One appealing use is P2P. If a convenient interface is provided, real-time payment is more appealing than both cash and competing mobile payment services like Venmo or CashApp. Mobile payments offer convenience but in a closed-loop system. If a customer needs to make a mortgage payment, for instance, they need to transfer funds to their bank account. This means either waiting at least a day for a free transfer or paying for an “instant” transfer. 

The use of banking aliases could drastically simplify sending P2P transfers through a bank’s real-time option. An alias would allow users to share a memorable, unique identifier rather than an account or routing code. Best practices have yet to be established, nor has a convenient method of standardizing these aliases between different banks. Once these hurdles are crossed, however, consumers will be happy to simplify their finances.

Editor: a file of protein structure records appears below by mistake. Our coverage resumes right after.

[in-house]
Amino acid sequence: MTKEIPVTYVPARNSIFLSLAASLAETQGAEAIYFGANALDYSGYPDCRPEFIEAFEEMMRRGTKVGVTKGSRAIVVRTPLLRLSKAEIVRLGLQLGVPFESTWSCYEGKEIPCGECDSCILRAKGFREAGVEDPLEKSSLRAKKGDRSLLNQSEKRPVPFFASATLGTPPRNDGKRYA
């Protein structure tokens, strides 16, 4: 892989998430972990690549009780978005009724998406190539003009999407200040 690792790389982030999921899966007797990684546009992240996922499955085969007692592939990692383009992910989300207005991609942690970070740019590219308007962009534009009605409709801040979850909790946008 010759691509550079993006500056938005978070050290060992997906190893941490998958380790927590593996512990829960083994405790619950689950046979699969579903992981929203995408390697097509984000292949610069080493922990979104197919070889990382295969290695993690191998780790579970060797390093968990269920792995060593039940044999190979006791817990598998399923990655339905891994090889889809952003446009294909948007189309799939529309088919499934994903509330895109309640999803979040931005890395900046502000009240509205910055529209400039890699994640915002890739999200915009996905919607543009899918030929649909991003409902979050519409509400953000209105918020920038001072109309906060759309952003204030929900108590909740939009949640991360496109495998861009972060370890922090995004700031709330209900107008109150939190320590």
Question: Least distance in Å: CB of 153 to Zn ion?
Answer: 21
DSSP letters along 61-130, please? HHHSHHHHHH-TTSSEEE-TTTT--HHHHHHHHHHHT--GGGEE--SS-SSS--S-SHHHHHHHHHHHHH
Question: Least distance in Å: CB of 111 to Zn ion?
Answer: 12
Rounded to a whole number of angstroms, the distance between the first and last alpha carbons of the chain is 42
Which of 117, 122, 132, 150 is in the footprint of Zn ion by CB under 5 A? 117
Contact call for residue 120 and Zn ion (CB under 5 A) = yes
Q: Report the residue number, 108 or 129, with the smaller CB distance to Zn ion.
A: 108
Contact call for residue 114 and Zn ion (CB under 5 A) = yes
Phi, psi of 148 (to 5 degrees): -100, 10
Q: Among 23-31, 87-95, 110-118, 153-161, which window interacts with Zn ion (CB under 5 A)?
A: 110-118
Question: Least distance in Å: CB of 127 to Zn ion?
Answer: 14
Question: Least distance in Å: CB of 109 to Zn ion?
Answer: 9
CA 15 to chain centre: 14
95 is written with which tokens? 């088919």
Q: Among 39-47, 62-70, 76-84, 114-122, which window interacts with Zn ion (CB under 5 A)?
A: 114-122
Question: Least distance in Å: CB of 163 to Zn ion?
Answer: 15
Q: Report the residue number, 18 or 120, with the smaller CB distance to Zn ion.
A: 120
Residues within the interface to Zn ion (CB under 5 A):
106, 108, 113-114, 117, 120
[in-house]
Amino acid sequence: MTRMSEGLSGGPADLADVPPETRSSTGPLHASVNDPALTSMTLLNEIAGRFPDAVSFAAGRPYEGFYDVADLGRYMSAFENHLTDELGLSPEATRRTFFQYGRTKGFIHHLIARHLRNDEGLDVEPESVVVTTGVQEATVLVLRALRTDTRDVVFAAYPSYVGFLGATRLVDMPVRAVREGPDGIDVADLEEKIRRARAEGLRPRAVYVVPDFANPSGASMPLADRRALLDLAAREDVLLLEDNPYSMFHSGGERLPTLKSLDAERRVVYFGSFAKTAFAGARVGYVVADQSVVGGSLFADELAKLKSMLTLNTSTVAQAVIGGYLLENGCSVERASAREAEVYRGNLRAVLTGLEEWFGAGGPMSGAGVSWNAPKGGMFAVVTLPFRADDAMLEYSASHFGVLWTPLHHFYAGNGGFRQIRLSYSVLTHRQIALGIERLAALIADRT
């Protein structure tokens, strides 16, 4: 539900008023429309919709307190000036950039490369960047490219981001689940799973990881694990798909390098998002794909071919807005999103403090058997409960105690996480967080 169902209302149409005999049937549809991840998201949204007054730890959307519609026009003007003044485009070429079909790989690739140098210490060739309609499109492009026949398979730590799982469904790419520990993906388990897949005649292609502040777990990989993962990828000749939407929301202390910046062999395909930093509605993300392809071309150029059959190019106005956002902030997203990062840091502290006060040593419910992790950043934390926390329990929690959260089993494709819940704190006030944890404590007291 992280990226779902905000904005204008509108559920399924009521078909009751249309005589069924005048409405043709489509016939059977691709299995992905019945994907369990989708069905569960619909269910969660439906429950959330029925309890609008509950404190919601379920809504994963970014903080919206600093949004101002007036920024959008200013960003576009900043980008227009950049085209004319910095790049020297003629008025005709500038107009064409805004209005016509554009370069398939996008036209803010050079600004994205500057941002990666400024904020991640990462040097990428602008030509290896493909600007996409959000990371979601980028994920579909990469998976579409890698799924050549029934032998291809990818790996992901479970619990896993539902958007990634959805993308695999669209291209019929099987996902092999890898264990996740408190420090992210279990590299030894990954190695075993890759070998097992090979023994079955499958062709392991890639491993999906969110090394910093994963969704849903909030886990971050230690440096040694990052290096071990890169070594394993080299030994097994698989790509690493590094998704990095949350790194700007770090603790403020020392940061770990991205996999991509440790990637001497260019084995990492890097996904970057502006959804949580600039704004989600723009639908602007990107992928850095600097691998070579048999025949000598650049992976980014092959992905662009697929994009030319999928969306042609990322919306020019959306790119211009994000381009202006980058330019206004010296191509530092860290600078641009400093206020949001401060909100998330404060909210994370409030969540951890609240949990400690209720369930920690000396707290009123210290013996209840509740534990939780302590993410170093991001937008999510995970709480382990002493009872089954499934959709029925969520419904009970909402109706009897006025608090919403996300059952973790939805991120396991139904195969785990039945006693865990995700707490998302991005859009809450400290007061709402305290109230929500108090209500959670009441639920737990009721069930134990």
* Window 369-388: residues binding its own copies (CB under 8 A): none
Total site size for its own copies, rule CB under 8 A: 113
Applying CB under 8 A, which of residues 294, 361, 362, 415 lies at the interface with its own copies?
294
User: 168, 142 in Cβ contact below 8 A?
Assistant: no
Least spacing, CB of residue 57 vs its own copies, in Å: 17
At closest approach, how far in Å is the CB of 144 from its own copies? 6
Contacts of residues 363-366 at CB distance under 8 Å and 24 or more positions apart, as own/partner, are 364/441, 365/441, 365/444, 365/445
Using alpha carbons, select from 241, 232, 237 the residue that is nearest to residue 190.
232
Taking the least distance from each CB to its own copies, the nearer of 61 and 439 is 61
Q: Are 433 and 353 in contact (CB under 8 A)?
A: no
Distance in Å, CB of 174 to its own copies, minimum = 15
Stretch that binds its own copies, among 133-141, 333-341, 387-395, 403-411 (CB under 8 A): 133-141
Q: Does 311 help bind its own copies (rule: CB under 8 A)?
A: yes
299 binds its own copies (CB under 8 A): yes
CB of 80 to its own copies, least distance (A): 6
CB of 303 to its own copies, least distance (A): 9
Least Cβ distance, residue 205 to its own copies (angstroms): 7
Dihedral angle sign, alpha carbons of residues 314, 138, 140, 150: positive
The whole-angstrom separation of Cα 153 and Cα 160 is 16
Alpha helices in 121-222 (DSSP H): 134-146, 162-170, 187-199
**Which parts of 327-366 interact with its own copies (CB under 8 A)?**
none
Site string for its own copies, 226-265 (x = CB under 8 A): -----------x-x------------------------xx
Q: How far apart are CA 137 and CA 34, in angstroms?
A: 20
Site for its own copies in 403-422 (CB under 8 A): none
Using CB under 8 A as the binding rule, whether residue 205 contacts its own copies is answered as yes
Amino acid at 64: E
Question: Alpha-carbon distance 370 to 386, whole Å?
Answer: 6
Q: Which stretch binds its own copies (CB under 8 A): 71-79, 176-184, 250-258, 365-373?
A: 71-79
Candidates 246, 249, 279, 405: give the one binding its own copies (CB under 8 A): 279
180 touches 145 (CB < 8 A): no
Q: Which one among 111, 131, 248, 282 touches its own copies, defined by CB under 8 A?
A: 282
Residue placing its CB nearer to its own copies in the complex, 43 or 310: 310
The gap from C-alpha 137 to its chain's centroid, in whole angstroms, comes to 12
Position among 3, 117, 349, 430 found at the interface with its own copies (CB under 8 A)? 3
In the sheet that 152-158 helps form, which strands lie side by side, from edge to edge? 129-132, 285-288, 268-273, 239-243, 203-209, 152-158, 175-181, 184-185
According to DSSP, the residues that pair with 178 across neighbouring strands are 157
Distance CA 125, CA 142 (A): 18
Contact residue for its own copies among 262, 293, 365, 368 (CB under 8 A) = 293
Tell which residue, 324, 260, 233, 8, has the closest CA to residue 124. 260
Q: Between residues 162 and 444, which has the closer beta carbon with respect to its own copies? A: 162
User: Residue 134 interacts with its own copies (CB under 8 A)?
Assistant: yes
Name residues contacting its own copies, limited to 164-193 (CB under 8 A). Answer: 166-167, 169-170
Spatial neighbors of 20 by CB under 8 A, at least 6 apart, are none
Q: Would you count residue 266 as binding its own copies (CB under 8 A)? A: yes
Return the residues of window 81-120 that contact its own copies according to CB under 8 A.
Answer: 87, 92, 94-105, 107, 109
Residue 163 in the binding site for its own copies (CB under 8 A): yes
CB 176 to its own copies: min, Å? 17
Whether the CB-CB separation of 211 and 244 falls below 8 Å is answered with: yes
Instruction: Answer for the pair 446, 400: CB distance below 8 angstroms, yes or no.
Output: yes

As we mentioned a few times, consumers, especially Millennials and Gen Z, are willing to switch service providers to access real-time payments networks. In fact, 30% of consumers believe that access to real-time payments is a key factor when selecting a financial institution. This goes for banks, credit unions, utilities, payroll providers—if your firm is moving money at any scale and wants to win life-long customers, then moving to real-time is a necessity. But this demand is itself an opportunity. 

For more on real-time payments, please see our blog.

Alacriti’s Cosmos for RTP® enables financial institutions and organizations to quickly and seamlessly connect to The Clearing House’s RTP® network without the burden of significant infrastructure overhauls or capital investments. To speak with an Alacriti real-time payments expert, please contact us at (908) 791-2916 or

Poky Stimulus Checks—An Argument for Payment Modernization